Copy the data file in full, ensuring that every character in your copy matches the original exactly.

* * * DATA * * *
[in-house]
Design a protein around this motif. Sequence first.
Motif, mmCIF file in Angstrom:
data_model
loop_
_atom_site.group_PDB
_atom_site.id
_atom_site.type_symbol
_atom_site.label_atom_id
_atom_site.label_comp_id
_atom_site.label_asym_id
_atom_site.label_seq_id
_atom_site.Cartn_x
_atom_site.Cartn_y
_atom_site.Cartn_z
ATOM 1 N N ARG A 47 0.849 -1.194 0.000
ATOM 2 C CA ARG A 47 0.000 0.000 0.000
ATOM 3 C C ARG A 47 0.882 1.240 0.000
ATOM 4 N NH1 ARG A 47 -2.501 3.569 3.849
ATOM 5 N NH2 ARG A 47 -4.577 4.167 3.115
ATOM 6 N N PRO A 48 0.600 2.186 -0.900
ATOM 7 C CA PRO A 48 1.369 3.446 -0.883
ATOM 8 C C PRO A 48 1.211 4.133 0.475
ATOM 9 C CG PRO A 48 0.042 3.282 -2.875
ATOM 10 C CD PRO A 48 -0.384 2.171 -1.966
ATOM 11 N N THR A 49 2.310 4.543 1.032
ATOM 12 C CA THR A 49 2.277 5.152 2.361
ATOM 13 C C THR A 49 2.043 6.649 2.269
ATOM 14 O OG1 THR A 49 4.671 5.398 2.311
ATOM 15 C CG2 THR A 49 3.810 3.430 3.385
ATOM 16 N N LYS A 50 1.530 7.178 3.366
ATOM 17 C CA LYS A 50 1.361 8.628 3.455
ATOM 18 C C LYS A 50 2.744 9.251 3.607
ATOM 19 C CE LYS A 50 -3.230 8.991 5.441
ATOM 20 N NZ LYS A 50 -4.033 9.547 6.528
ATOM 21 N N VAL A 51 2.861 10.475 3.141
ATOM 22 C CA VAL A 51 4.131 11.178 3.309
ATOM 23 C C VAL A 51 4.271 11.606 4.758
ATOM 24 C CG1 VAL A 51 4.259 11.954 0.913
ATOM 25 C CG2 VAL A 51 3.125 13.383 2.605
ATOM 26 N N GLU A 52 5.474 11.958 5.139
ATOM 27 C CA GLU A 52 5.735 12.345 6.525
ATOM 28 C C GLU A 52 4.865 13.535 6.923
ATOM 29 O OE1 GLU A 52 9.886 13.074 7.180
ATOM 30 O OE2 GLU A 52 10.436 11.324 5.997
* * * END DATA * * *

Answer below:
[in-house]
Design a protein around this motif. Sequence first.
Motif, mmCIF file in Angstrom:
data_model
loop_
_atom_site.group_PDB
_atom_site.id
_atom_site.type_symbol
_atom_site.label_atom_id
_atom_site.label_comp_id
_atom_site.label_asym_id
_atom_site.label_seq_id
_atom_site.Cartn_x
_atom_site.Cartn_y
_atom_site.Cartn_z
ATOM 1 N N ARG A 47 0.849 -1.194 0.000
ATOM 2 C CA ARG A 47 0.000 0.000 0.000
ATOM 3 C C ARG A 47 0.882 1.240 0.000
ATOM 4 N NH1 ARG A 47 -2.501 3.569 3.849
ATOM 5 N NH2 ARG A 47 -4.577 4.167 3.115
ATOM 6 N N PRO A 48 0.600 2.186 -0.900
ATOM 7 C CA PRO A 48 1.369 3.446 -0.883
ATOM 8 C C PRO A 48 1.211 4.133 0.475
ATOM 9 C CG PRO A 48 0.042 3.282 -2.875
ATOM 10 C CD PRO A 48 -0.384 2.171 -1.966
ATOM 11 N N THR A 49 2.310 4.543 1.032
ATOM 12 C CA THR A 49 2.277 5.152 2.361
ATOM 13 C C THR A 49 2.043 6.649 2.269
ATOM 14 O OG1 THR A 49 4.671 5.398 2.311
ATOM 15 C CG2 THR A 49 3.810 3.430 3.385
ATOM 16 N N LYS A 50 1.530 7.178 3.366
ATOM 17 C CA LYS A 50 1.361 8.628 3.455
ATOM 18 C C LYS A 50 2.744 9.251 3.607
ATOM 19 C CE LYS A 50 -3.230 8.991 5.441
ATOM 20 N NZ LYS A 50 -4.033 9.547 6.528
ATOM 21 N N VAL A 51 2.861 10.475 3.141
ATOM 22 C CA VAL A 51 4.131 11.178 3.309
ATOM 23 C C VAL A 51 4.271 11.606 4.758
ATOM 24 C CG1 VAL A 51 4.259 11.954 0.913
ATOM 25 C CG2 VAL A 51 3.125 13.383 2.605
ATOM 26 N N GLU A 52 5.474 11.958 5.139
ATOM 27 C CA GLU A 52 5.735 12.345 6.525
ATOM 28 C C GLU A 52 4.865 13.535 6.923
ATOM 29 O OE1 GLU A 52 9.886 13.074 7.180
ATOM 30 O OE2 GLU A 52 10.436 11.324 5.997